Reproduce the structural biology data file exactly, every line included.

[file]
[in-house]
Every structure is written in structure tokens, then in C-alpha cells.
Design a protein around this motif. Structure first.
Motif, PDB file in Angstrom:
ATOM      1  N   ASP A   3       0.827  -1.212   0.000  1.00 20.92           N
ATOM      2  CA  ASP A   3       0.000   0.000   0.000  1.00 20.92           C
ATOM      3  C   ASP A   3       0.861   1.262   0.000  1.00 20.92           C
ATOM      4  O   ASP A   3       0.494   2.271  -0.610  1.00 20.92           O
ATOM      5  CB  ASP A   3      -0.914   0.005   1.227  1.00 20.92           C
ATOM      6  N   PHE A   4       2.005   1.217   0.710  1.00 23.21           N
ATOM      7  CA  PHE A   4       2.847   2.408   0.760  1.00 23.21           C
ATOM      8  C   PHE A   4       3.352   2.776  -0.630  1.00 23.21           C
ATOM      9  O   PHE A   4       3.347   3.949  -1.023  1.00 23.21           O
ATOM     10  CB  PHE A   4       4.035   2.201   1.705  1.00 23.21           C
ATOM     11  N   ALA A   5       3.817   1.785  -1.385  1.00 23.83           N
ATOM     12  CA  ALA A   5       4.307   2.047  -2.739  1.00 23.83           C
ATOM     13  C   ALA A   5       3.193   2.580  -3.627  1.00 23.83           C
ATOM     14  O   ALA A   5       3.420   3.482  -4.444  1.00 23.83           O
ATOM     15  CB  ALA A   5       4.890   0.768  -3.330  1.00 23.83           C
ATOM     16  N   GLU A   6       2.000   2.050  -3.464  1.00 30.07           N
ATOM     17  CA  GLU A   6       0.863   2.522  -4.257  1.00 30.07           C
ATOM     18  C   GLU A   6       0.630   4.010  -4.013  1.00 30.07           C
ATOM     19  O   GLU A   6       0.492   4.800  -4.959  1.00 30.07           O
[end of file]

[in-house]
Every structure is written in structure tokens, then in C-alpha cells.
Design a protein around this motif. Structure first.
Motif, PDB file in Angstrom:
ATOM      1  N   ASP A   3       0.827  -1.212   0.000  1.00 20.92           N
ATOM      2  CA  ASP A   3       0.000   0.000   0.000  1.00 20.92           C
ATOM      3  C   ASP A   3       0.861   1.262   0.000  1.00 20.92           C
ATOM      4  O   ASP A   3       0.494   2.271  -0.610  1.00 20.92           O
ATOM      5  CB  ASP A   3      -0.914   0.005   1.227  1.00 20.92           C
ATOM      6  N   PHE A   4       2.005   1.217   0.710  1.00 23.21           N
ATOM      7  CA  PHE A   4       2.847   2.408   0.760  1.00 23.21           C
ATOM      8  C   PHE A   4       3.352   2.776  -0.630  1.00 23.21           C
ATOM      9  O   PHE A   4       3.347   3.949  -1.023  1.00 23.21           O
ATOM     10  CB  PHE A   4       4.035   2.201   1.705  1.00 23.21           C
ATOM     11  N   ALA A   5       3.817   1.785  -1.385  1.00 23.83           N
ATOM     12  CA  ALA A   5       4.307   2.047  -2.739  1.00 23.83           C
ATOM     13  C   ALA A   5       3.193   2.580  -3.627  1.00 23.83           C
ATOM     14  O   ALA A   5       3.420   3.482  -4.444  1.00 23.83           O
ATOM     15  CB  ALA A   5       4.890   0.768  -3.330  1.00 23.83           C
ATOM     16  N   GLU A   6       2.000   2.050  -3.464  1.00 30.07           N
ATOM     17  CA  GLU A   6       0.863   2.522  -4.257  1.00 30.07           C
ATOM     18  C   GLU A   6       0.630   4.010  -4.013  1.00 30.07           C
ATOM     19  O   GLU A   6       0.492   4.800  -4.959  1.00 30.07           O